I've done some research on mappings and structs, and I know it's possible to store structs in a mapping as the value but not the key.

I am trying to creating a mapping of addresses => structs where multiple addresses are pointing to the same struct.

For example, I have the following test structure and mapping.

struct test{
uint nonce;
address friend;

mapping (address => test) testMapping;

Is it possible for me have two different addresses mapping to the same struct (not just the same data - I don't want to make a copy for efficiencies sake)?

If I were to writing the following code, would I be making a copy of the data within the struct or simply pointing two different keys to the same location in memory within the mapping?

testMapping[address1].nonce = 1;
testMapping[address1].friend = address2;
testMapping[address3] = testMapping[address1];

AKA, do the above commands copy the values from testMapping[address1] into testMapping[address2], or does it simply point testMapping[address2] to the same memory location as testMapping[address1], in which case, when I update one, both are updated?

Thanks for any help.

2 Answers 2


Yes, you would be making a copy.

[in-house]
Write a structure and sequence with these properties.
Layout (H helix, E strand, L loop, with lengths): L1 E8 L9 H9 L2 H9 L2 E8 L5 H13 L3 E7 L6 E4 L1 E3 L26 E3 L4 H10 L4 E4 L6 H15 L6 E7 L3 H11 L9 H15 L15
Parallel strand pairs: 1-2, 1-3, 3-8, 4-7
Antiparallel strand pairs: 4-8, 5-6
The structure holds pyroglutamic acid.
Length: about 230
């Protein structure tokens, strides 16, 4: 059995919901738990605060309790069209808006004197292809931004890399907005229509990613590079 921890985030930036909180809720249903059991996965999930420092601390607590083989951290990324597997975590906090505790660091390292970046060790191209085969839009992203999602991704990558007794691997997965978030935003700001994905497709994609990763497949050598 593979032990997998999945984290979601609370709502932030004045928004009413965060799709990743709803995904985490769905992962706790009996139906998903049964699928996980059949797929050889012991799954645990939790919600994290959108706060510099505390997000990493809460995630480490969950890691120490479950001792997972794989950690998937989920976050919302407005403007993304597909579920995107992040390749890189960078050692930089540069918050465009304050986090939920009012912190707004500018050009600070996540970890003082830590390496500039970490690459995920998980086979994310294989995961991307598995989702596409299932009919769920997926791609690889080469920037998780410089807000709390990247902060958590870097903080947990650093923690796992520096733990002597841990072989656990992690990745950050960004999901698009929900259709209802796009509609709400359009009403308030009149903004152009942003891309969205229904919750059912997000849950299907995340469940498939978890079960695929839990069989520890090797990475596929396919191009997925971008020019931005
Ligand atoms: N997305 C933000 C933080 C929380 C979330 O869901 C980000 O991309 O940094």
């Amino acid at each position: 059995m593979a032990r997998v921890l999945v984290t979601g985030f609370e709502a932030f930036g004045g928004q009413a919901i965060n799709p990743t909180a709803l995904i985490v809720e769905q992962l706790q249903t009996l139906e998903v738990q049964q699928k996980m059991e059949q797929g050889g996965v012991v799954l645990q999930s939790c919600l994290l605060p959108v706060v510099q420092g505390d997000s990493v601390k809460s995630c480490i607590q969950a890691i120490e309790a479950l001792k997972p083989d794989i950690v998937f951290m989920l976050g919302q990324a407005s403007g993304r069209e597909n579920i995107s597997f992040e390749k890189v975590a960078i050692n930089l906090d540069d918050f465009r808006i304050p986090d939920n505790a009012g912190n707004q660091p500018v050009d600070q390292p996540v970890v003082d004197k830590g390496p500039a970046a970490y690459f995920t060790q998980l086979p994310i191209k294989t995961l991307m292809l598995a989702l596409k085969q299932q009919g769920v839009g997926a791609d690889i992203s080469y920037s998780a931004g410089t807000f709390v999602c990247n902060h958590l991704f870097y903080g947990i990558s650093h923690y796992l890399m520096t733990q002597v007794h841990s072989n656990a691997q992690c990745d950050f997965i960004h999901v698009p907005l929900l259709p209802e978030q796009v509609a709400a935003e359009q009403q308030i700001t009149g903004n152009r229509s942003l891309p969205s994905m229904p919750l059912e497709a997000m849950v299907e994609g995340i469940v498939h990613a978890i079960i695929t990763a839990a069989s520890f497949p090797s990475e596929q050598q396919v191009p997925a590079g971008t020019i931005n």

What you could do instead is to just have an array of tests and then map addresses to array indices.

struct test{
    uint nonce;
    address friend;

mapping (address => uint) testMapping; //Maps addresses to index in `tests`
test[] tests;
  • Thanks for the reply. Quick follow up question. Say I were to want to add a new test on to the array. I assume I can't do tests.push(INFO) as it's a structure. How do I increase the size of such array then? Thanks again.
    – Nate Rush
    Feb 12, 2017 at 5:45

"would I be making a copy of the data within the struct?"


That would tend to get more expensive with the size of the struct.

It looks like you want to create table-like storage for Persons with a many-to-many association to other Persons. It's doable using mappings for random access and arrays for lists of keys. Here, a Person has a list of friends.

struct PersonStruct {
    string data1;
    uint data2;
    address[] friends;

mapping (address => PersonStruct) personStructs;

This is really simplistic; just to help you think about the possibilities. You would be able to enumerate the "friends" list for a given Person with a few functions to help out.

Consider a function to return the number of friends stored in the list inside a Person's struct:

function personFriendCount(address person) constant returns(uint count) {
    return personStructs[person].friends.length;

And another to return the friend keys as the client works its way through the list.

function personFriendAtIndex(address person, uint index) constant returns(address friendAddress) {
    return personStructs[person].friends[index];

With the friend's key in hand, the client can go fetch the struct for the details.

Hope it helps.

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